- The Senate voted to require average fuel economy of 35 miles per gallon for new cars, pickup trucks and SUVs by 2020, raising efficiency standards that have not changed significantly for nearly two decades.
The fuel economy measure was added to a broad energy bill without a roll call vote even as senators were holding a news conference announcing the compromise.
The legislation for the first time would establish a single fuel economy standard applicable to not only cars, but also SUVs and pickups which currently have to meet less stringent requirement.
Automakers are currently required to meet an average of 27.5 mpg for cars and 22.2 mpg for SUVs and small trucks. The car standard has not changed since 1989, though the truck requirements have been increased slightly by the Bush administration.
The measure tacked onto the energy bill would require a 35 mpg fleet average — including SUVs and pickup trucks — by 2020, and require that automakers make half of their vehicles capable of running on 85 percent ethanol fuel by 2015.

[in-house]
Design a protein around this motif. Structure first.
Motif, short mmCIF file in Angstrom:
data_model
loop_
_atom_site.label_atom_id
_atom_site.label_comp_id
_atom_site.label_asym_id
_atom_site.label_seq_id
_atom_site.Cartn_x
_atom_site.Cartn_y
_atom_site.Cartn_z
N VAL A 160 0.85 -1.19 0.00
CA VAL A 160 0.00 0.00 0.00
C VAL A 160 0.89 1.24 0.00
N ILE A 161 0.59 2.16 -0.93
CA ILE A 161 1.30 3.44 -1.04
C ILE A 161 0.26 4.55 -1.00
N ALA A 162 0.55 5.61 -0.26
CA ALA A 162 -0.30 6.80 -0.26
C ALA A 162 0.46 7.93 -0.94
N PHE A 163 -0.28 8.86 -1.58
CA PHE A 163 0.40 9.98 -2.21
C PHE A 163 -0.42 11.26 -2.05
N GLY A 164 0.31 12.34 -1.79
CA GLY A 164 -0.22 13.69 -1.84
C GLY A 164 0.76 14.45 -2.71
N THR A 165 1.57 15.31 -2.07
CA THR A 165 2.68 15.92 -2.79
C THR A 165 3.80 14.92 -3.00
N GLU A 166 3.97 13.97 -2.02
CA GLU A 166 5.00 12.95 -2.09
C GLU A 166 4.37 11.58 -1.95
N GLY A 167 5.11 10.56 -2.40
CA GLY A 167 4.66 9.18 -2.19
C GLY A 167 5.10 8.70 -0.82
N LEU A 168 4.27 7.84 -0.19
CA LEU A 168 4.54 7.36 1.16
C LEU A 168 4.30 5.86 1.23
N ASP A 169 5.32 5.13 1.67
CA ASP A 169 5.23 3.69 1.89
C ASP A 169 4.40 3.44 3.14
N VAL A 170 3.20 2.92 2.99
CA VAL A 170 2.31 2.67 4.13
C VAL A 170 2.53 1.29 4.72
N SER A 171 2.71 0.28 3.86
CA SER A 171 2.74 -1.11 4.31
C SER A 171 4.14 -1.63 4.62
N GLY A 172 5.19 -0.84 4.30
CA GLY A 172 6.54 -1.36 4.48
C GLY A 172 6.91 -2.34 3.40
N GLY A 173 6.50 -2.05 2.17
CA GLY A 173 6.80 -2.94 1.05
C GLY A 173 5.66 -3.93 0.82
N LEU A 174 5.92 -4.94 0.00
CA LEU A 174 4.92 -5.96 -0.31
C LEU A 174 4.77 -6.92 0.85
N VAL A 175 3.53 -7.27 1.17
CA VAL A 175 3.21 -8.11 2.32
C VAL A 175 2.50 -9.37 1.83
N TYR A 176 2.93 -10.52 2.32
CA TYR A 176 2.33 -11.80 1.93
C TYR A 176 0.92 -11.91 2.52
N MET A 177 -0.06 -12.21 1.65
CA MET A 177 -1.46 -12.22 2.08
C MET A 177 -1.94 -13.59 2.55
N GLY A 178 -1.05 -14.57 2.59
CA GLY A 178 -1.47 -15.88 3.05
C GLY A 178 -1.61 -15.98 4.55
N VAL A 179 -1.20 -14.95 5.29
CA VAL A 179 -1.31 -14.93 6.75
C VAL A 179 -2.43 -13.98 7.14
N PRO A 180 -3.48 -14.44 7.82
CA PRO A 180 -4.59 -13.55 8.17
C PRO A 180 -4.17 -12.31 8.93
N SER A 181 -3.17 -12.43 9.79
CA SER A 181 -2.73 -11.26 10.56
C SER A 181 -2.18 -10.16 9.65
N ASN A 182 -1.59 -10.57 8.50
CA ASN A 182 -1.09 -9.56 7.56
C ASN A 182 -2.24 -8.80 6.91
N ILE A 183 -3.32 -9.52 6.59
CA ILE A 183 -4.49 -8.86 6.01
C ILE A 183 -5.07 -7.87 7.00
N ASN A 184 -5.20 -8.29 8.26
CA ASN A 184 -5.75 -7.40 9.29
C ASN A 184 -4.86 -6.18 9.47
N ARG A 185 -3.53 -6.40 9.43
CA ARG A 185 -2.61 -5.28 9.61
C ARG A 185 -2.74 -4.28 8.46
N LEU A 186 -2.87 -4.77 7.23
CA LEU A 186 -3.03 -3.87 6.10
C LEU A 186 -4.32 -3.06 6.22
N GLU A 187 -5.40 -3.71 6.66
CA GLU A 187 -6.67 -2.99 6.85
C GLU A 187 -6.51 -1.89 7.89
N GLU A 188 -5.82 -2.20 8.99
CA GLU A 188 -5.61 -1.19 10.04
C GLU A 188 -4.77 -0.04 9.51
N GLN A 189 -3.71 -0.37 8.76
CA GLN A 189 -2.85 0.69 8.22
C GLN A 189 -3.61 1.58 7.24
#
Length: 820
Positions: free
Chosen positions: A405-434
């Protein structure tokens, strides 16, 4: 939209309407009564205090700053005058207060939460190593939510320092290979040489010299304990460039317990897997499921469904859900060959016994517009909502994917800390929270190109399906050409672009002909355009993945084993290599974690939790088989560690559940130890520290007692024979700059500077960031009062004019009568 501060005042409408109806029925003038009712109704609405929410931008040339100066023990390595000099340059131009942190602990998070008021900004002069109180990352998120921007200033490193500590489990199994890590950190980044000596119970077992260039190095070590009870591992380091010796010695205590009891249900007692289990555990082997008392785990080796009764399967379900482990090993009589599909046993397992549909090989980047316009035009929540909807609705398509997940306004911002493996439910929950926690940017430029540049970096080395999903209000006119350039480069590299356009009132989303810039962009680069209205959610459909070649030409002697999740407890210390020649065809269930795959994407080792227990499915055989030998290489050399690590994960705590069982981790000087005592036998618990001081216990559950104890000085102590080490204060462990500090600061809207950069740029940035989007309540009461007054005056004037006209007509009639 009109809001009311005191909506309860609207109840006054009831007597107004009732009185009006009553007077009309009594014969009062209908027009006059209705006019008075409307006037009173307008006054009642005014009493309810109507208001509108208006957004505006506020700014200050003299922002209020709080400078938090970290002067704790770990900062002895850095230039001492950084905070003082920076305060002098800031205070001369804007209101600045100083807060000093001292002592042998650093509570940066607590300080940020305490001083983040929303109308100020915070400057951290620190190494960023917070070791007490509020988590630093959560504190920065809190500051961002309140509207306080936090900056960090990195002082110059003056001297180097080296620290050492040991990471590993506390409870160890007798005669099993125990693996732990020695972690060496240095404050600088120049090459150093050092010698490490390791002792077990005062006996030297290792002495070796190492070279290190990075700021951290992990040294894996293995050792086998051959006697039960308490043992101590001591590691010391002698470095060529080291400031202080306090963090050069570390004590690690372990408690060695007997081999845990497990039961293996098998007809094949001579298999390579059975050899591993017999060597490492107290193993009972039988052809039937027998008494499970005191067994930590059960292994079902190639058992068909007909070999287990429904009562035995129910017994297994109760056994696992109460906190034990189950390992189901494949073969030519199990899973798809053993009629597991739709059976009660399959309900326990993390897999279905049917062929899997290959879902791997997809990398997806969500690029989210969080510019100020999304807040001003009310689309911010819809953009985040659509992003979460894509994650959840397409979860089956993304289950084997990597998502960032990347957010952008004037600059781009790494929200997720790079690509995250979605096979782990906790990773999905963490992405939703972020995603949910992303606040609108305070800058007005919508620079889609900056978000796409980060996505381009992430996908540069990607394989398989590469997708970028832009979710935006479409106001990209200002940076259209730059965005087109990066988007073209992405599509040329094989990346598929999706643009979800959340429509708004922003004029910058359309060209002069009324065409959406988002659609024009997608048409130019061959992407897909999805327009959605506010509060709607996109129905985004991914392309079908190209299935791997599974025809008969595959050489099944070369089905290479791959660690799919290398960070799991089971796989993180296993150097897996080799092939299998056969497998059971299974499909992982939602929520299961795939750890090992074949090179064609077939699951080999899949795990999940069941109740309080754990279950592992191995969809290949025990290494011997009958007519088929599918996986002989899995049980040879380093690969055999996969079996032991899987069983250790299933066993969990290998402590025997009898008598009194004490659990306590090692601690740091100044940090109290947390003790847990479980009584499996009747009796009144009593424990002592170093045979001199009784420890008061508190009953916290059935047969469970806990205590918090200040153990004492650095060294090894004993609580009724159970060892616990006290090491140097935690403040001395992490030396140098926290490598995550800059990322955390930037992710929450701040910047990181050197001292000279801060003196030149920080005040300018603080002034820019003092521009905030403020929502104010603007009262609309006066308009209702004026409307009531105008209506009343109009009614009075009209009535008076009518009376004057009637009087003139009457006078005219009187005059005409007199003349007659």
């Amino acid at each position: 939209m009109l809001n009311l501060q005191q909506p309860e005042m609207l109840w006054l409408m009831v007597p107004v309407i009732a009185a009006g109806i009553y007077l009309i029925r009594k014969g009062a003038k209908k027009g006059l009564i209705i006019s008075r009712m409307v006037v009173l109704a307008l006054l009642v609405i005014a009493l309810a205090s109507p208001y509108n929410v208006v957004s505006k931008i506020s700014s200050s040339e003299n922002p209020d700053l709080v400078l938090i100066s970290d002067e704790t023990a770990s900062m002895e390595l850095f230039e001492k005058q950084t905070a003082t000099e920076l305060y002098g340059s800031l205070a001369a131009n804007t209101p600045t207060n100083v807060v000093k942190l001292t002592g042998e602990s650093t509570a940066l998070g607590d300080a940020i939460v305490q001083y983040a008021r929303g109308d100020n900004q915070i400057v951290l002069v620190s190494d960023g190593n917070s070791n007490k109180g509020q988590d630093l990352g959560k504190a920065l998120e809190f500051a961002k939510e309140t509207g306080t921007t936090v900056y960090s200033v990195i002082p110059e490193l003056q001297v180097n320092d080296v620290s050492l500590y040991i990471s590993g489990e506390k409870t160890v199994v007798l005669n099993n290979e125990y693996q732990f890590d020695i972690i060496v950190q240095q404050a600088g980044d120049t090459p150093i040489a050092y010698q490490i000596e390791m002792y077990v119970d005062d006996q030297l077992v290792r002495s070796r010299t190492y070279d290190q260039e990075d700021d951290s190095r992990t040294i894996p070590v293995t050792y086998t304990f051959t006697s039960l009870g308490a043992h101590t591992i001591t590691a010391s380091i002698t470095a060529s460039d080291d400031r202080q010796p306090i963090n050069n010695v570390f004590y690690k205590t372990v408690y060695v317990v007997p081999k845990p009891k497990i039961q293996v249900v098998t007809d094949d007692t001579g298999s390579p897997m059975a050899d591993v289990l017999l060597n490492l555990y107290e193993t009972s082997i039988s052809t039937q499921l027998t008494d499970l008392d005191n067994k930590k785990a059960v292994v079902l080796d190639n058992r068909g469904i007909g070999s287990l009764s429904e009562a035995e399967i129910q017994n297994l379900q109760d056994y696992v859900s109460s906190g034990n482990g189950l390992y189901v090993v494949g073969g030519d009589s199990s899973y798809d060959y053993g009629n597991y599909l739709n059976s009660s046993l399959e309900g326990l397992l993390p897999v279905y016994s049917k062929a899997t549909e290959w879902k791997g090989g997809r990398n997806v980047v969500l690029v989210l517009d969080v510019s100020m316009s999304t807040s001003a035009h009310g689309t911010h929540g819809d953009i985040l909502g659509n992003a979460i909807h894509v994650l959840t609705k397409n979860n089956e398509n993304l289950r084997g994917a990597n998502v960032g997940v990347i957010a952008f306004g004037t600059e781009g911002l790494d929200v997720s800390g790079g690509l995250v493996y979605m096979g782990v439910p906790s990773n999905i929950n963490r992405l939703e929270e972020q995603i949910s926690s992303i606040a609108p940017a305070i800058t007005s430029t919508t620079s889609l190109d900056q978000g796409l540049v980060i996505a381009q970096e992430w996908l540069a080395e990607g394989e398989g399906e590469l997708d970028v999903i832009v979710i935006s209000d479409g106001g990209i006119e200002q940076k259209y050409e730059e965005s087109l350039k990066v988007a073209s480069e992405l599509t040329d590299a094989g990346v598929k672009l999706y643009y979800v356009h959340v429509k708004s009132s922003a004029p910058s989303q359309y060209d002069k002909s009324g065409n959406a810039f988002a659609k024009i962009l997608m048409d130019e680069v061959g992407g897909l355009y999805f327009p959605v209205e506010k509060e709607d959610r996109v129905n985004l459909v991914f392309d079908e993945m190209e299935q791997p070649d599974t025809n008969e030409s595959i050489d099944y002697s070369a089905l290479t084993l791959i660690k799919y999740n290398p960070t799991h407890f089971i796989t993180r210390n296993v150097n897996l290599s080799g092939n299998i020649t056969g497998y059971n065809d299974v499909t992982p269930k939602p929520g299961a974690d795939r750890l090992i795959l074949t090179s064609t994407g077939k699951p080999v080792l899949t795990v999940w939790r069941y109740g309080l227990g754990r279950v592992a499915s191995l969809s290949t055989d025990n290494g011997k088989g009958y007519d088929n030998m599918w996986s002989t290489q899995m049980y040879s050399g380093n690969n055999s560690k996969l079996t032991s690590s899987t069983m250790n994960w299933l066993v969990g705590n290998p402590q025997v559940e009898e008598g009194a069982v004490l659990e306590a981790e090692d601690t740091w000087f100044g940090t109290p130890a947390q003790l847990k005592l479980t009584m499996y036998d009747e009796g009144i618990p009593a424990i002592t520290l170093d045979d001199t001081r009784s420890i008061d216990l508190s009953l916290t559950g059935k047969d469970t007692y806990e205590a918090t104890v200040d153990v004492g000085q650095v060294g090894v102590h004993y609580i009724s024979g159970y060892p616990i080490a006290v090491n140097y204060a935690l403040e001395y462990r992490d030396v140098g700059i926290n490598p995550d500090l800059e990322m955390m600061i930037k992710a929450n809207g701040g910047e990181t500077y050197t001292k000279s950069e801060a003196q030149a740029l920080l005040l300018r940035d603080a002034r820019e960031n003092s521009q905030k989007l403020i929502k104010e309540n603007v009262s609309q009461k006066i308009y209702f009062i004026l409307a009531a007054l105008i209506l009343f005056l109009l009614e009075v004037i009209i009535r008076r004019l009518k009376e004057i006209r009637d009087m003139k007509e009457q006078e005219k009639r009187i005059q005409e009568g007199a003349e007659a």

The compromise removed a requirement that automakers would have had to meet an additional 4 percent increase per year for 10 years after 2020. The ethanol flex-fuel requirement also would have been three years longer.
Automakers had strongly opposed the 4 percent requirement, saying it was not achievable and would have required them to make vehicles with a fleet-wide average of 52 mpg by 2030.
Auto industry leaders came to Capitol Hill several weeks ago saying they could not meet the kind of fuel use increases being contemplated. Industry executives and car dealers visited Senate offices this week in last minute lobbying and urged senators to approve a less stringent measure